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The QWERTY Effect: How typing shapes the meanings of words.

Overview of attention for article published in Psychonomic Bulletin & Review, March 2012
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About this Attention Score

  • In the top 5% of all research outputs scored by Altmetric
  • Among the highest-scoring outputs from this source (#18 of 1,647)
  • High Attention Score compared to outputs of the same age (99th percentile)
  • High Attention Score compared to outputs of the same age and source (97th percentile)

Mentioned by

news
6 news outlets
blogs
5 blogs
twitter
94 tweeters
peer_reviews
1 peer review site
facebook
1 Facebook page
googleplus
6 Google+ users
reddit
3 Redditors

Citations

dimensions_citation
22 Dimensions

Readers on

mendeley
112 Mendeley
citeulike
2 CiteULike
Title
The QWERTY Effect: How typing shapes the meanings of words.
Published in
Psychonomic Bulletin & Review, March 2012
DOI 10.3758/s13423-012-0229-7
Pubmed ID
Authors

Kyle Jasmin, Daniel Casasanto

Abstract

The QWERTY keyboard mediates communication for millions of language users. Here, we investigated whether differences in the way words are typed correspond to differences in their meanings. Some words are spelled with more letters on the right side of the keyboard and others with more letters on the left. In three experiments, we tested whether asymmetries in the way people interact with keys on the right and left of the keyboard influence their evaluations of the emotional valence of the words. We found the predicted relationship between emotional valence and QWERTY key position across three languages (English, Spanish, and Dutch). Words with more right-side letters were rated as more positive in valence, on average, than words with more left-side letters: the QWERTY effect. This effect was strongest in new words coined after QWERTY was invented and was also found in pseudowords. Although these data are correlational, the discovery of a similar pattern across languages, which was strongest in neologisms, suggests that the QWERTY keyboard is shaping the meanings of words as people filter language through their fingers. Widespread typing introduces a new mechanism by which semantic changes in language can arise.

Twitter Demographics

The data shown below were collected from the profiles of 94 tweeters who shared this research output. Click here to find out more about how the information was compiled.

Mendeley readers

The data shown below were compiled from readership statistics for 112 Mendeley readers of this research output. Click here to see the associated Mendeley record.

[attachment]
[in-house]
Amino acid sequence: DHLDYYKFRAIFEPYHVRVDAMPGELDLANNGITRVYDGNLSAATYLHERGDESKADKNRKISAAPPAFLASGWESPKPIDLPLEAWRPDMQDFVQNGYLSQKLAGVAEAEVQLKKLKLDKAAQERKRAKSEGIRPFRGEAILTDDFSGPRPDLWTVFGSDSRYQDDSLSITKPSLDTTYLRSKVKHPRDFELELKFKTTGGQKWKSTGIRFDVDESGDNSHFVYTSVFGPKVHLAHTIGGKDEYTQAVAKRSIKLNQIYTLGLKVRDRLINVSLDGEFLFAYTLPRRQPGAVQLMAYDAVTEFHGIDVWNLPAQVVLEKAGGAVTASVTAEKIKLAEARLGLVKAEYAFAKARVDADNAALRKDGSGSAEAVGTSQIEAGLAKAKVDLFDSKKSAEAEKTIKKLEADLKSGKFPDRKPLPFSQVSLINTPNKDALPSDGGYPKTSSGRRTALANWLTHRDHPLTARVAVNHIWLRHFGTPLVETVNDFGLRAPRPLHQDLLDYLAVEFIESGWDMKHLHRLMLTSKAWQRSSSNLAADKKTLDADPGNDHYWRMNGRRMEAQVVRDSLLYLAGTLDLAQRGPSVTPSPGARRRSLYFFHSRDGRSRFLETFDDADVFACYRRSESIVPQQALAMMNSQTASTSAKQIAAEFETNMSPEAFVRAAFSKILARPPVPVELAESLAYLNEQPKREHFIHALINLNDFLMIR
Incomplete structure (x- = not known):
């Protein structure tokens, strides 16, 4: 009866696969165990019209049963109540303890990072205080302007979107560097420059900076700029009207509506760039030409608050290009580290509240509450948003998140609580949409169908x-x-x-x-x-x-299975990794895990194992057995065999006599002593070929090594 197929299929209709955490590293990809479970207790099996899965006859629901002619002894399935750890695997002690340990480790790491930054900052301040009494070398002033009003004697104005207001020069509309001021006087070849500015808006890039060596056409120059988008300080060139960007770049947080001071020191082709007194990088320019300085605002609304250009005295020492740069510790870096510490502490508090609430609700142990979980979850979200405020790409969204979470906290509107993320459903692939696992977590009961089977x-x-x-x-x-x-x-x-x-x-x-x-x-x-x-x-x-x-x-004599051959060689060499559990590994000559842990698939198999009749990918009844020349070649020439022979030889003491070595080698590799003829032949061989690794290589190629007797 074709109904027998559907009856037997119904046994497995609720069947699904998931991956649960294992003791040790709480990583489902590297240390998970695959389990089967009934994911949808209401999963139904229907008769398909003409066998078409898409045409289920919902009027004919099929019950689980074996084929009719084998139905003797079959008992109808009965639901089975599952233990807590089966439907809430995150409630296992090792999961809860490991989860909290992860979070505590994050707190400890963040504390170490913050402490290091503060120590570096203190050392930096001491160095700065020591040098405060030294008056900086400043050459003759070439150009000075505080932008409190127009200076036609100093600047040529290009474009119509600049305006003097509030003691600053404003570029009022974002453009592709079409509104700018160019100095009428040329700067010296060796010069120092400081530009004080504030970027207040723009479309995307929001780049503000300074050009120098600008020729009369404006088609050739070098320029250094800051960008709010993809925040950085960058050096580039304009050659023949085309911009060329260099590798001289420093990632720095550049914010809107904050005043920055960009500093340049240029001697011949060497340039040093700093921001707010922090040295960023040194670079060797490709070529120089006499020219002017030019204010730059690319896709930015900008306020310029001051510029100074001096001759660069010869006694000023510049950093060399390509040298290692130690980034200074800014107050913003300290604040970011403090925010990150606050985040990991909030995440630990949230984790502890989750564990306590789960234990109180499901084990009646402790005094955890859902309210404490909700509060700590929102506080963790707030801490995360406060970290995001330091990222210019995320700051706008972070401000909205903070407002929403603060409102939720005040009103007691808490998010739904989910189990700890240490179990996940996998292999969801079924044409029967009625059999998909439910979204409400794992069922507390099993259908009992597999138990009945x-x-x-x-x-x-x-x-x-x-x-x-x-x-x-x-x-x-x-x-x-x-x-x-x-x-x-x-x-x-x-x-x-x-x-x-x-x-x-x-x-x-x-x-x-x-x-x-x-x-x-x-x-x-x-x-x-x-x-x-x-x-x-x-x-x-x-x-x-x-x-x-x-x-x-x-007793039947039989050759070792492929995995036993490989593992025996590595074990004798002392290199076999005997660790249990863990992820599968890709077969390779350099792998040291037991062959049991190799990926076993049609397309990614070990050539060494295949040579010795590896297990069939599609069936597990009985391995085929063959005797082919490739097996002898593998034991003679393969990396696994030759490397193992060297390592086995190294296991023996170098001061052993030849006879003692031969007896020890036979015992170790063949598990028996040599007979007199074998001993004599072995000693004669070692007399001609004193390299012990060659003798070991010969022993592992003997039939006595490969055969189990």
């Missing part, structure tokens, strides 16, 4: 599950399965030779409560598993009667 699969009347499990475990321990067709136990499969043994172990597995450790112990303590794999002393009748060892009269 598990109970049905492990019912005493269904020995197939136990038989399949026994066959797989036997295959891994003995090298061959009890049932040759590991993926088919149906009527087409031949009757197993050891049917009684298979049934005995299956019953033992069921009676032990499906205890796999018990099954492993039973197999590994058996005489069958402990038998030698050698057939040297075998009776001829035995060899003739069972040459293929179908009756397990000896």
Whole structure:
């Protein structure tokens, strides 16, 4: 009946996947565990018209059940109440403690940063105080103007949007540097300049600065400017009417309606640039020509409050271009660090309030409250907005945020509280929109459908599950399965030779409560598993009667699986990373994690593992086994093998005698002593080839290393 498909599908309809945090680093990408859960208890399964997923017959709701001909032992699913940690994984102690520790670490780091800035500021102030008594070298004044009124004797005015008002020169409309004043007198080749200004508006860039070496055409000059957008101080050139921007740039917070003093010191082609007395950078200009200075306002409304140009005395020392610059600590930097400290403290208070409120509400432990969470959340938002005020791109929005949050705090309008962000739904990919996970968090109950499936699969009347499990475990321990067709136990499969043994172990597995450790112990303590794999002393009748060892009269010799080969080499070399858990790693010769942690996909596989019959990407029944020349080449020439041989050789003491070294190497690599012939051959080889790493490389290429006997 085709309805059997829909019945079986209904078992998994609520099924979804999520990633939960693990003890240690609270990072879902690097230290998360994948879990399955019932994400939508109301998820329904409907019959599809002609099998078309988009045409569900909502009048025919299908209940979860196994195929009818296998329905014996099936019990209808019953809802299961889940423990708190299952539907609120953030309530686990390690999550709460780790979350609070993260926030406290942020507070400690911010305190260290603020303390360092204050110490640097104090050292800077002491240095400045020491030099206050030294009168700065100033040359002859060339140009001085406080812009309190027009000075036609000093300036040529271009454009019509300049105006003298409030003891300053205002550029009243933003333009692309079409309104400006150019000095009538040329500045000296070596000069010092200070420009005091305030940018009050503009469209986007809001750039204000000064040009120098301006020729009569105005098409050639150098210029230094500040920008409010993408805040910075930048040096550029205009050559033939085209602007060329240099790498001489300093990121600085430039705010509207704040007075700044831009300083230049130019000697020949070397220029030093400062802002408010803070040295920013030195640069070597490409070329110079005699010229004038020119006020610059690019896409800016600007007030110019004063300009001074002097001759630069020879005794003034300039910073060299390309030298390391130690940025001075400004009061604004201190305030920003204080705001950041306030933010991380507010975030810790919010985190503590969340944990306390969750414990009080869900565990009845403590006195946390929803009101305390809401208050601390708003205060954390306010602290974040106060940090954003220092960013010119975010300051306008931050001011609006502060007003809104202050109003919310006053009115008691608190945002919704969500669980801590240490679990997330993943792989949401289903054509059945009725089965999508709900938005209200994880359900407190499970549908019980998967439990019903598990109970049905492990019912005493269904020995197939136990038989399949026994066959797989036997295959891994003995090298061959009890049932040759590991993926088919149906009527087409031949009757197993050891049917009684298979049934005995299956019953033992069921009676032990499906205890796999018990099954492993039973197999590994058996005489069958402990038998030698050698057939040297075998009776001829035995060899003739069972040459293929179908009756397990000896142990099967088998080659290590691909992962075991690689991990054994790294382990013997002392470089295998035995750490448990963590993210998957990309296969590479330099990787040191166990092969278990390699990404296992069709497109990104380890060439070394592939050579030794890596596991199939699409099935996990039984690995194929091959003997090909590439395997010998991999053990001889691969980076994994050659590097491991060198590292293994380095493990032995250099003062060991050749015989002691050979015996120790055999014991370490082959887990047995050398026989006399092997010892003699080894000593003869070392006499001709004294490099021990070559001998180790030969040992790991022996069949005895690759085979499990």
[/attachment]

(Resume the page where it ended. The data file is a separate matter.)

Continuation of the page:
Geographical breakdown

Country Count As %
United States 7 6%
United Kingdom 3 3%
Italy 2 2%
Portugal 2 2%
Chile 1 <1%
Peru 1 <1%
Germany 1 <1%
Russia 1 <1%
Netherlands 1 <1%
Other 1 <1%
Unknown 92 82%

Demographic breakdown

Readers by professional status Count As %
Student > Ph. D. Student 34 30%
Researcher 22 20%
Professor > Associate Professor 11 10%
Professor 10 9%
Student > Bachelor 9 8%
Other 26 23%
Readers by discipline Count As %
Psychology 57 51%
Linguistics 13 12%
Social Sciences 12 11%
Computer Science 6 5%
Unspecified 6 5%
Other 18 16%

Attention Score in Context

This research output has an Altmetric Attention Score of 171. This is our high-level measure of the quality and quantity of online attention that it has received. This Attention Score, as well as the ranking and number of research outputs shown below, was calculated when the research output was last mentioned on 07 May 2019.
All research outputs
#82,933
of 13,627,600 outputs
Outputs from Psychonomic Bulletin & Review
#18
of 1,647 outputs
Outputs of similar age
#433
of 119,873 outputs
Outputs of similar age from Psychonomic Bulletin & Review
#1
of 43 outputs
Altmetric has tracked 13,627,600 research outputs across all sources so far. Compared to these this one has done particularly well and is in the 99th percentile: it's in the top 5% of all research outputs ever tracked by Altmetric.
So far Altmetric has tracked 1,647 research outputs from this source. They typically receive a lot more attention than average, with a mean Attention Score of 12.1. This one has done particularly well, scoring higher than 98% of its peers.
Older research outputs will score higher simply because they've had more time to accumulate mentions. To account for age we can compare this Altmetric Attention Score to the 119,873 tracked outputs that were published within six weeks on either side of this one in any source. This one has done particularly well, scoring higher than 99% of its contemporaries.
We're also able to compare this research output to 43 others from the same source and published within six weeks on either side of this one. This one has done particularly well, scoring higher than 97% of its contemporaries.